<b>Originally from</b>: Mississauga, Ontario One of the legends in Canadian rowing, Silken Laumann has won three Olympic medals for the country — a bronze in 1984 and 1992 (shown here), following a terrible accident and very quick rehab, as well as a silver in 1996.
<b>Originally from</b>: Floral, Saskatchewan The bridge between hockey’s past and present, Gordie Howe played hockey professionally for five decades and won four Stanley Cups along the way.
Gilles And Jacques Villeneuve
<b>Originally from</b>: Richelieu, Quebec Gilles and Jacques Villeneuve (pictured) are Canada's racing dynasty. Father Gilles was a legend, despite <a href="http://www.f1fanatic.co.uk/2007/05/08/gilles-villeneuve-his-victories-remembered/">only winning six races</a>, thanks to his massive fanbase and terribly unfortunate death. Son Jacques has won a PPG Indy Car World Series Champion and Indianapolis 500 Winner, as well as the only Canadian to have won the Formula One World Championship.
<b>Originally from</b>: Kingston, Ontario Winner of the first Olympic gold medal in the Men’s triathlon at the 2000 Games in Sydney, Simon Whitfield, capped it off with an equally dramatic silver medal in Beijing eight years later.
<b>Originally from</b>: Neufchâtel, Quebec Myriam Bédard, a biathlete, won a bronze in the biathlon in Albertville's 1992 Olympics (shown here), the first time women were allowed to compete in the sport. She also won golds in the 7.5 km sprint and 15 km race in Lillehammer's Olympics. Though she has plagued by controversy in recent years, her athletic prowess remains impressive.
<b>Originally from</b>: Parry Sound, Ontario One of the best defencemen to put on skates, Bobby Orr remains the only defenceman to win the NHL’s scoring title, and still holds the record for most points and assists in a season.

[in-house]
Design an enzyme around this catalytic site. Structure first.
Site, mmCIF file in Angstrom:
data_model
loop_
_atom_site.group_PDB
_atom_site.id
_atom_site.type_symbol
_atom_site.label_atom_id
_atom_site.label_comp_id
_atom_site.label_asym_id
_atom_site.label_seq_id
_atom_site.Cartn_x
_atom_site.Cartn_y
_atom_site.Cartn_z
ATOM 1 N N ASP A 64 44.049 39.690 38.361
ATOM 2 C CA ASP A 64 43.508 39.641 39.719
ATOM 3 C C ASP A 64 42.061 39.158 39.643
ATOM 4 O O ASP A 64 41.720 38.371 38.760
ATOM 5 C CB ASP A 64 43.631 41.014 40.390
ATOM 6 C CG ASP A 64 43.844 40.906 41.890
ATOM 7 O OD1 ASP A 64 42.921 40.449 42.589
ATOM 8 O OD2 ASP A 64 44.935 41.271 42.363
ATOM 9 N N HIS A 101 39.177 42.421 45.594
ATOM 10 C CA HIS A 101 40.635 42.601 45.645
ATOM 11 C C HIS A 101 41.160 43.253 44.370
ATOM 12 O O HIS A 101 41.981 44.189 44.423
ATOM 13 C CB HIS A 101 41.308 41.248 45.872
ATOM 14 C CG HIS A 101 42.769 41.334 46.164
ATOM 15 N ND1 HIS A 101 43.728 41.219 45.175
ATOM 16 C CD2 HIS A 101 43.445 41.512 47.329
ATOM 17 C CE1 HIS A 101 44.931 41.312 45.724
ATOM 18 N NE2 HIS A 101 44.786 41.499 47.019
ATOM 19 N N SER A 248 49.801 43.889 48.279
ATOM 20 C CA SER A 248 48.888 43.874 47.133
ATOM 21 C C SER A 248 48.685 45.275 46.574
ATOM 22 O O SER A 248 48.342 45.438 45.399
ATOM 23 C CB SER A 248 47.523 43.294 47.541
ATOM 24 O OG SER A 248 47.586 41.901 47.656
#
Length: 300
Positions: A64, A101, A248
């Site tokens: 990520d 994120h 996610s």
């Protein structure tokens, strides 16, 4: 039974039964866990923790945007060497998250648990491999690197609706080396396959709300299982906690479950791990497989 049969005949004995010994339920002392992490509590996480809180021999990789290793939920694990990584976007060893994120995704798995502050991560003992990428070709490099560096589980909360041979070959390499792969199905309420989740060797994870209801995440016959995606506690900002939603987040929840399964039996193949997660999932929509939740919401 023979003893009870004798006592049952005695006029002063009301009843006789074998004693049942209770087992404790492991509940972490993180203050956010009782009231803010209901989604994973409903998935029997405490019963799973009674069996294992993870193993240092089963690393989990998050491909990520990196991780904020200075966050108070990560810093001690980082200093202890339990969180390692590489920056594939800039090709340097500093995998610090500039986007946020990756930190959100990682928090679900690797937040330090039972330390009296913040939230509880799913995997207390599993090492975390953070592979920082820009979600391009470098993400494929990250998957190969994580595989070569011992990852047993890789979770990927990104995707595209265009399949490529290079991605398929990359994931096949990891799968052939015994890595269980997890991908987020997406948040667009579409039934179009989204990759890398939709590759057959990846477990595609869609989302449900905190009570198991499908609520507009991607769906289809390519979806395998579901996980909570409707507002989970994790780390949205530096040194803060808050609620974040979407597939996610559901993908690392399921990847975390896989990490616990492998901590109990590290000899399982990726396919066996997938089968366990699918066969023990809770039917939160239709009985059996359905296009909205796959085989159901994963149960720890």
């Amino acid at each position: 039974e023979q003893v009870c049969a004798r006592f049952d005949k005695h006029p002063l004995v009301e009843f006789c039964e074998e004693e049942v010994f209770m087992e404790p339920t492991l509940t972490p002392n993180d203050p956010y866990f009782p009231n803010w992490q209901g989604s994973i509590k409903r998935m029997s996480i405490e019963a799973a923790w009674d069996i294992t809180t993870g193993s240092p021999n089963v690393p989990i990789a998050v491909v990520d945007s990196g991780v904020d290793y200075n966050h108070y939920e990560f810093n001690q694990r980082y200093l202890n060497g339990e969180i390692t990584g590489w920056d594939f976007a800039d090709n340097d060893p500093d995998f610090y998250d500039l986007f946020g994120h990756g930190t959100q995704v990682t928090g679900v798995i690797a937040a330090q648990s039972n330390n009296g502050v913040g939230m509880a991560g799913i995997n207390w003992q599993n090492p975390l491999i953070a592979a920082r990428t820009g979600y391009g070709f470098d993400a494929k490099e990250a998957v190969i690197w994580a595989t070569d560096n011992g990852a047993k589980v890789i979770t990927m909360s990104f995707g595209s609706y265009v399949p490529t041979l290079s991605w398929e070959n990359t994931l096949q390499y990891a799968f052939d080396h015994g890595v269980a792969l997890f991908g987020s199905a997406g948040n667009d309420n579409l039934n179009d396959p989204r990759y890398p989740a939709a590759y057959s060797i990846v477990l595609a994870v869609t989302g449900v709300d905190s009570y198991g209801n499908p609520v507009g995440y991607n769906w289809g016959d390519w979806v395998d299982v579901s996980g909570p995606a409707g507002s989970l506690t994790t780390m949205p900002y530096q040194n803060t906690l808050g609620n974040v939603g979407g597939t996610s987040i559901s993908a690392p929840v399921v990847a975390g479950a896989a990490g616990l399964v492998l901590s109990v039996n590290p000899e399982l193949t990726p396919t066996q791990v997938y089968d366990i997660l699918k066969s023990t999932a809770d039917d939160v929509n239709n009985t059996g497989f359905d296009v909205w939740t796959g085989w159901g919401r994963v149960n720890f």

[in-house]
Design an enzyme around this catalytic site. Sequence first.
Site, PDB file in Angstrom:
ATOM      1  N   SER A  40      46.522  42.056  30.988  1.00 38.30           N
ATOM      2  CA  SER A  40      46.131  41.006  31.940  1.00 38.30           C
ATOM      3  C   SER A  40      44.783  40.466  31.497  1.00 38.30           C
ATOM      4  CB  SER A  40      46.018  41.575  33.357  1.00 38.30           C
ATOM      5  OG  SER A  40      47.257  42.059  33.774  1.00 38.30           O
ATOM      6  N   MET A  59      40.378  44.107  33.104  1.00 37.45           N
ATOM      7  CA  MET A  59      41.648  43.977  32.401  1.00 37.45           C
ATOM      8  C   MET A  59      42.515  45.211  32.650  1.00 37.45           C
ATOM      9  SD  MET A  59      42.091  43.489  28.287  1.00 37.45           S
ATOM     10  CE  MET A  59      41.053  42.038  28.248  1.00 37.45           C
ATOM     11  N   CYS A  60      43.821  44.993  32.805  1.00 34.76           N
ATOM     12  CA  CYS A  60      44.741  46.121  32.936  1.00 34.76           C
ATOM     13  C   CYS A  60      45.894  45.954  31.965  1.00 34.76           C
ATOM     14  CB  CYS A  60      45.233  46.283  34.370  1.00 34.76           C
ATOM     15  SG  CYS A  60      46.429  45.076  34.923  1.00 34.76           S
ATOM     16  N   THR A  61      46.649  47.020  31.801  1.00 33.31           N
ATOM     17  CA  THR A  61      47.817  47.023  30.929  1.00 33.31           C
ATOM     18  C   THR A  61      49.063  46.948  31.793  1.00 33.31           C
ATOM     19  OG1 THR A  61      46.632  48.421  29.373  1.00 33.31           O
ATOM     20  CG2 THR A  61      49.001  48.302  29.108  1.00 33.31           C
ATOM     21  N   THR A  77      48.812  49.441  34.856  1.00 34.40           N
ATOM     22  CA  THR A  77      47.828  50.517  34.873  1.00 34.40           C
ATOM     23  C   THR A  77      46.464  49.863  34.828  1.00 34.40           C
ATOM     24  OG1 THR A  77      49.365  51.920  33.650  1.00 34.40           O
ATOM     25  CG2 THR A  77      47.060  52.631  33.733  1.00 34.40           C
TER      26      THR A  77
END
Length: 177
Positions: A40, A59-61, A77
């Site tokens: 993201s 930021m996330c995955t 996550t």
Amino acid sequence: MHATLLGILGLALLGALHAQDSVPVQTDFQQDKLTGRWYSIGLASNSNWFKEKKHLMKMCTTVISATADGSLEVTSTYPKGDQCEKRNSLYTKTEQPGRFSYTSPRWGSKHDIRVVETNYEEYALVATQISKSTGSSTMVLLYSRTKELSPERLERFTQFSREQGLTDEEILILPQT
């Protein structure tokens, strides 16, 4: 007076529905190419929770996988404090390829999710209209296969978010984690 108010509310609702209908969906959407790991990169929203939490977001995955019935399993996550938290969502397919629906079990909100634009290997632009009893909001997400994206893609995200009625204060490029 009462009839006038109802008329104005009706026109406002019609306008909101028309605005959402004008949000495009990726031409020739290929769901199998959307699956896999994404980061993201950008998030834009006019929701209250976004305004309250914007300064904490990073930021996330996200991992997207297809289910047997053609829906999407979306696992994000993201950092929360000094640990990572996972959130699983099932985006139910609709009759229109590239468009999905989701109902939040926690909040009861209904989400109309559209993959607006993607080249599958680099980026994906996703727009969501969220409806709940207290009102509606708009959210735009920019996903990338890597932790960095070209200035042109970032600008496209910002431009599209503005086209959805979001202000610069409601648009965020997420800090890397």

<b>Originally from</b>: Burnaby, British Columbia Likely the best-known face in Canadian soccer, Christine Sinclair has been Soccer Player of the Year seven times, and led her team to a bronze medal at the London Olympics in 2012.
<b>Originally from</b>: London, England; moved to Kitchener, Ontario at age 12 The two-time gold medal winner in boxing at the Olympics, Lennox Lewis only had two recorded defeats in his 20-year career.
<b>Originally from</b>: Port Alberni, British Columbia Rick Hansen is probably Canada's most famous Paralympic athlete, winning three golds, two silvers and one bronze between 1980 and 1984. But it was his Man in Motion World Tour, which covered 40,000 km around the world, that could be his greatest accomplishment.
<b>Originally from</b>: Edmonton, Alberta No second-fiddle to Gretzky, Mark Messier led the Oilers to their fifth Stanley Cup without the Great One and then ‘guaranteed’ New York that the Rangers would win their first Cup in four decades. He delivered.
Catriona Le May Doan
<b>Originally from</b>: Saskatoon, Saskatchewan When it comes to speed skating, Catriona Le May Doan can't be caught (see what we did there?). The first woman to break the 38-second barrier for the 500 m, the only woman to set eight consecutive World Records in one distance, and oh yes, the recipient of two golds and a bronze at the Olympics, Le May Doan is the stuff of legends.
<b>Originally from</b>: Montreal, Quebec The first hockey player ever to score 50 goals in one season, Maurice Richard is possibly the most famous Montreal Canadien ever. He also won the Stanley Cup 8 times — which isn't, by the way, the record. That belongs to Richard's brother, Henri Richard, who won the Cup 11 times.